Kate Shanahan: 'Each step forward was a rebuke to forces that held back earlier generations of women'
Marian Finucane was the first presenter I produced live as a young trainee in RTÉ Radio 1.
Then presenting 'Liveline', she had made the programme her own, its mixture of the personal and the political made for a then rare combination.
Marian was the slightly sceptical friend you were telling your best story to. If she believed a caller, then so did everyone else.
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If she didn't, her probing questions highlighted the fault-lines in a particular take or set of opinions.
As a young student I'd attended a live broadcast of her iconic 'Women Today' programme. It was full of the kind of women Éamon de Valera had described as making for the "most unmanageable revolutionaries".
To be sitting in the hot seat telling the doyenne of Irish broadcasting what calls to go to next felt surreal.
The series producer had warned me about the 'ten-tos', the zinger questions Marian would ask of her producer 10 minutes before air, the most obvious being "why are we doing this item", or the even scarier "do we know this to be a fact". In her talk to trainee producers she had issued one warning, "don't lie to me, I have to be able to trust you", a mantra I often used years later when leading research teams myself.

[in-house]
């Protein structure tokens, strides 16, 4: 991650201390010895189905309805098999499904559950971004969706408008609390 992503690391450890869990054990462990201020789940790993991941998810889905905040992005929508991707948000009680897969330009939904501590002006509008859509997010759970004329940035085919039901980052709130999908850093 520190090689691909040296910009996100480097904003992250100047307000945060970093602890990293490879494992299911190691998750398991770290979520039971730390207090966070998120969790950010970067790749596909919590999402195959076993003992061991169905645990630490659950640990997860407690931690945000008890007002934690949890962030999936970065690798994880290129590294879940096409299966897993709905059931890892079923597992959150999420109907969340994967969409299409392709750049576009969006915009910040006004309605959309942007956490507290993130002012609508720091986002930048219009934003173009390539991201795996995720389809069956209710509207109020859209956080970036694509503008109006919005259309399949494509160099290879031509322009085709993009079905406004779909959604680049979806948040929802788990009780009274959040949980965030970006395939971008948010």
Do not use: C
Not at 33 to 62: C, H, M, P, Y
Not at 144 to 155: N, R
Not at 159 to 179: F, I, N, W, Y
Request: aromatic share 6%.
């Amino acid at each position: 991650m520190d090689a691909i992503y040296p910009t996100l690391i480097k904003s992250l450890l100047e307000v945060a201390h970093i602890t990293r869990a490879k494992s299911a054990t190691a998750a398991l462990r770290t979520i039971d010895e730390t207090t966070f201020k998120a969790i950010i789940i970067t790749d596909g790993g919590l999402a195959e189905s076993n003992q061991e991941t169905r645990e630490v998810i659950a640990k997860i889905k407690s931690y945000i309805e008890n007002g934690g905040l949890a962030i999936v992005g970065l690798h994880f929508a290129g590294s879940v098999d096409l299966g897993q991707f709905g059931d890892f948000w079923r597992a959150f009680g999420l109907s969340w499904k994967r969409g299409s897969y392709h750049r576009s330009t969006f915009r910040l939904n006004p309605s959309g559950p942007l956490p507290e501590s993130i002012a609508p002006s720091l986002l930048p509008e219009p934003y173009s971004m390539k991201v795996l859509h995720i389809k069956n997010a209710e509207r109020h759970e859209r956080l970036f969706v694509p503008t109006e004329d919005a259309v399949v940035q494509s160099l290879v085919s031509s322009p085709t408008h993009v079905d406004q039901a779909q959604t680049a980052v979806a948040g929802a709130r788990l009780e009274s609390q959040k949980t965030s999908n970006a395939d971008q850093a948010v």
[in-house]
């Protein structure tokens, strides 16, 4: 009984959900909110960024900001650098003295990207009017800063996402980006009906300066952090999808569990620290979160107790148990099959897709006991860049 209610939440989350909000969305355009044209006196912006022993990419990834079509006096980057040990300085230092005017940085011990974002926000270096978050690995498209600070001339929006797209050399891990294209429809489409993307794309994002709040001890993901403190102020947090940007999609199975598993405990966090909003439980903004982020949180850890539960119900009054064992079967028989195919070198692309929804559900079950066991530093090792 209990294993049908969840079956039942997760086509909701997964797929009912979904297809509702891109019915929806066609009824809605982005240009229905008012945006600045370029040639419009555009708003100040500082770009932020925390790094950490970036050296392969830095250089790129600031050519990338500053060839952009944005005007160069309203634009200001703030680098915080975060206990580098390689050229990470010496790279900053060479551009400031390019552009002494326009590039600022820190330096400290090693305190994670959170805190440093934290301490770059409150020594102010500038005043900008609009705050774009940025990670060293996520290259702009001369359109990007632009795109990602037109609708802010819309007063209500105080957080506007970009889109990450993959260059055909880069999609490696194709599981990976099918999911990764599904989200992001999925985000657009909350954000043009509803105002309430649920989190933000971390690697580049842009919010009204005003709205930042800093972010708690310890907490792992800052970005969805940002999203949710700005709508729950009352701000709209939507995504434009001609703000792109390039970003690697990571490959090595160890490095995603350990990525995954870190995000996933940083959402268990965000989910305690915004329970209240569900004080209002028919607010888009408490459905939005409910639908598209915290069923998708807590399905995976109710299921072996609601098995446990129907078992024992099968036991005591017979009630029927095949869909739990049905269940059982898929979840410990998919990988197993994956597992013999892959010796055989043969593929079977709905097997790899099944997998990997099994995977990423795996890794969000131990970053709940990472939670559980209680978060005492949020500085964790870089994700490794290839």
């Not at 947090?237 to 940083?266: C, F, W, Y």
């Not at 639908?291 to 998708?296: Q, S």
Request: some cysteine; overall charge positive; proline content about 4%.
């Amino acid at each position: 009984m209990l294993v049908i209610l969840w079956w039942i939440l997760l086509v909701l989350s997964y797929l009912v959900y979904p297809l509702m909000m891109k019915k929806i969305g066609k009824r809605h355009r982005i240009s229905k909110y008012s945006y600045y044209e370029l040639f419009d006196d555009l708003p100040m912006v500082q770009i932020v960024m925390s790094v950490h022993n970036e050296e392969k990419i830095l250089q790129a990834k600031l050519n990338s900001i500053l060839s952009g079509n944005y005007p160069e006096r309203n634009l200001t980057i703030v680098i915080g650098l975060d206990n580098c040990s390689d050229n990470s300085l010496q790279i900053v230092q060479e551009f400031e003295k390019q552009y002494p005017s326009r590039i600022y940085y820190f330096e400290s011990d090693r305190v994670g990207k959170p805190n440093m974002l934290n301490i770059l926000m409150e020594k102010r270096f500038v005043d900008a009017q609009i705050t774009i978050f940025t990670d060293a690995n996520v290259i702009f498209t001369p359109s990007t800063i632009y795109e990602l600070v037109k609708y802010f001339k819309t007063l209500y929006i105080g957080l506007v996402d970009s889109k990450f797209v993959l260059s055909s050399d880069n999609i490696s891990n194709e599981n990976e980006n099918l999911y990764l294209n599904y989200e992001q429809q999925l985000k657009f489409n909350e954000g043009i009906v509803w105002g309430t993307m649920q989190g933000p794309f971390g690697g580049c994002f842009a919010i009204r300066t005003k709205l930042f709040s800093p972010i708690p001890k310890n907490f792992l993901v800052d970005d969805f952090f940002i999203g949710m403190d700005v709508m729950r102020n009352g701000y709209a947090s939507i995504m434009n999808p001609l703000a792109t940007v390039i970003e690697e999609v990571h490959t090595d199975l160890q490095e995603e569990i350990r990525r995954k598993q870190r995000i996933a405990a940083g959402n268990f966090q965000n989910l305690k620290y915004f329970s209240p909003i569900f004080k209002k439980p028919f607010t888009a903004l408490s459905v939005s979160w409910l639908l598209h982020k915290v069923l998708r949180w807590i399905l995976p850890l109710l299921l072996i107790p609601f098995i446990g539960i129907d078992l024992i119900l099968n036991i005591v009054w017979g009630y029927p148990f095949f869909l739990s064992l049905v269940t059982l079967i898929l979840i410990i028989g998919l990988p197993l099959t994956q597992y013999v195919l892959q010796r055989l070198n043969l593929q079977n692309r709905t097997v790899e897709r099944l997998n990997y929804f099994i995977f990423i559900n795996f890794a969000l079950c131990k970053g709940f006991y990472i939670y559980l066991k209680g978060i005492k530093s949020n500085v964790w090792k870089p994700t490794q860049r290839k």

The old adage of being careful when you meet your heroes did not apply in Marian's case. Her warmth towards, and support of, younger women was shown by the fact so many of them loved working with her.
Her endless curiosity about people extended to the people around her. She was great company, witty, convivial and loyal. The sharp intellect was softened by a humanity that came from personal experience. The loss of her daughter at a young age made her particularly sensitive to grief in others.
Current affairs presenters have to ask tough questions, but she never lost sight of the fact the person in front of her was, if flawed, still human.
As her path into broadcasting was a circuitous one - she had initially studied to be an architect - she had an appetite for intellectual stimulation that went beyond the daily grind of programme-making. Being challenged was something she relished. The strictures of public service broadcasting meant she had to be careful of expressing bias, but she did have strong opinions.
As a woman on air, and a mould-breaker, she was subject to a much more critical gaze. If it fazed her, you would never have guessed so. Hers was a generation of women who had grown to adulthood in a State which had denied women many basic rights. In many ways she had been so weathered in earlier activism that each step forward was a rebuke to the forces that had held back earlier generations of women.
Her authority came from lived experience. It is still really difficult for women to progress in broadcasting, to survive and thrive, especially in current affairs. Marian Finucane believed she should have a place at the top table.
Kate Shanahan is head of Journalism and Communications at TU Dublin School of Media